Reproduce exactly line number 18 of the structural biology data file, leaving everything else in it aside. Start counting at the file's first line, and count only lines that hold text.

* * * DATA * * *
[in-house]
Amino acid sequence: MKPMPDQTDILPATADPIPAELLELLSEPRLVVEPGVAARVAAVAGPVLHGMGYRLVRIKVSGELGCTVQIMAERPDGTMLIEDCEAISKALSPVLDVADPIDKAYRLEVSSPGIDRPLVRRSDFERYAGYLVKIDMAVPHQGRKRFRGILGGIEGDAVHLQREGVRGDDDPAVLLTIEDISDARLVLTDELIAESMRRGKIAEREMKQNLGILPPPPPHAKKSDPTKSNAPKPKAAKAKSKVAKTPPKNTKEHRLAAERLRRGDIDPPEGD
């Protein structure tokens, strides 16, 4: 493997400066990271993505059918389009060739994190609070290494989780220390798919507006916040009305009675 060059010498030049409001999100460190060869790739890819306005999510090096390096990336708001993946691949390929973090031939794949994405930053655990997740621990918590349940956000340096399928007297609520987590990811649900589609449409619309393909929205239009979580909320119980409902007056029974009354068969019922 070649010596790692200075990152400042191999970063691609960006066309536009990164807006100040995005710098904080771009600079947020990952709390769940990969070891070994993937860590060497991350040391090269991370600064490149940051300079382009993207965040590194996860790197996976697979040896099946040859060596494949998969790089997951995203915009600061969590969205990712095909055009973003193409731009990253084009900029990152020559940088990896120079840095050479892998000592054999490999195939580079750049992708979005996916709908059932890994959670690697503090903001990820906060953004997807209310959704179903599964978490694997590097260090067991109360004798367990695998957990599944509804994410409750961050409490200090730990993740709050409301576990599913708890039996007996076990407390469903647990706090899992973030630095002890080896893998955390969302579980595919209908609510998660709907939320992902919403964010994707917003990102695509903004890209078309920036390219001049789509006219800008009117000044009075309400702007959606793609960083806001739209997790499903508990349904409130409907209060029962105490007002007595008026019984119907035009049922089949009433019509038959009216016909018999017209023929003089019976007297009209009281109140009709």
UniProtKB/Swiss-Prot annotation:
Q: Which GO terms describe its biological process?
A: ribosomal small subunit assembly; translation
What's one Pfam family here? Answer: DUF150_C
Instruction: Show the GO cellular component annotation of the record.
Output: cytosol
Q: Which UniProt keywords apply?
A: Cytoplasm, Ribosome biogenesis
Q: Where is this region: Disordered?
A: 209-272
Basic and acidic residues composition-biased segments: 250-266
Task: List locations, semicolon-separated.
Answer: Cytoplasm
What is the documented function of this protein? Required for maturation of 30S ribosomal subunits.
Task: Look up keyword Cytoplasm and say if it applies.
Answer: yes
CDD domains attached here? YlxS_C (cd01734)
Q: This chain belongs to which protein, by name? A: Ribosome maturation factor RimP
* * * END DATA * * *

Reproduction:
Task: Look up keyword Cytoplasm and say if it applies.